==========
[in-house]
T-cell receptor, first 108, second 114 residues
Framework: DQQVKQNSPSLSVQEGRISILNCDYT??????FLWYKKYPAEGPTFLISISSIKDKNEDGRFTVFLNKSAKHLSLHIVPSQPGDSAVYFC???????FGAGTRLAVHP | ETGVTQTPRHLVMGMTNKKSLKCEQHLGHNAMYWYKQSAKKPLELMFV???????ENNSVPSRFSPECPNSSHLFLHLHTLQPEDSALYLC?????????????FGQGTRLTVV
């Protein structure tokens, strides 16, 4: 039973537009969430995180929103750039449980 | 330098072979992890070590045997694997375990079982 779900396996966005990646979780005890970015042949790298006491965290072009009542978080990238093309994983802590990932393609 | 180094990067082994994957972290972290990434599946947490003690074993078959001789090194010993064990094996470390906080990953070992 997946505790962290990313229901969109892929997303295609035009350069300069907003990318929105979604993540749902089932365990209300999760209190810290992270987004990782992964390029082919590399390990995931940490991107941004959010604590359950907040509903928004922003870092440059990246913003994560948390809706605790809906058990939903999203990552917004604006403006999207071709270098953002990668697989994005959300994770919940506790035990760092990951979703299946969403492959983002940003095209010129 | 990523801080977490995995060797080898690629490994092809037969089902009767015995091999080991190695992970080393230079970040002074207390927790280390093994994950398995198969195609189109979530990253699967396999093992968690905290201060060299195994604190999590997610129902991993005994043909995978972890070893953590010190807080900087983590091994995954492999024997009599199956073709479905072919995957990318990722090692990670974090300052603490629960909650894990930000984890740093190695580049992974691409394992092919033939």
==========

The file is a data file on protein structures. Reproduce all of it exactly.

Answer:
[in-house]
T-cell receptor, first 108, second 114 residues
Framework: DQQVKQNSPSLSVQEGRISILNCDYT??????FLWYKKYPAEGPTFLISISSIKDKNEDGRFTVFLNKSAKHLSLHIVPSQPGDSAVYFC???????FGAGTRLAVHP | ETGVTQTPRHLVMGMTNKKSLKCEQHLGHNAMYWYKQSAKKPLELMFV???????ENNSVPSRFSPECPNSSHLFLHLHTLQPEDSALYLC?????????????FGQGTRLTVV
């Protein structure tokens, strides 16, 4: 039973537009969430995180929103750039449980 | 330098072979992890070590045997694997375990079982 779900396996966005990646979780005890970015042949790298006491965290072009009542978080990238093309994983802590990932393609 | 180094990067082994994957972290972290990434599946947490003690074993078959001789090194010993064990094996470390906080990953070992 997946505790962290990313229901969109892929997303295609035009350069300069907003990318929105979604993540749902089932365990209300999760209190810290992270987004990782992964390029082919590399390990995931940490991107941004959010604590359950907040509903928004922003870092440059990246913003994560948390809706605790809906058990939903999203990552917004604006403006999207071709270098953002990668697989994005959300994770919940506790035990760092990951979703299946969403492959983002940003095209010129 | 990523801080977490995995060797080898690629490994092809037969089902009767015995091999080991190695992970080393230079970040002074207390927790280390093994994950398995198969195609189109979530990253699967396999093992968690905290201060060299195994604190999590997610129902991993005994043909995978972890070893953590010190807080900087983590091994995954492999024997009599199956073709479905072919995957990318990722090692990670974090300052603490629960909650894990930000984890740093190695580049992974691409394992092919033939």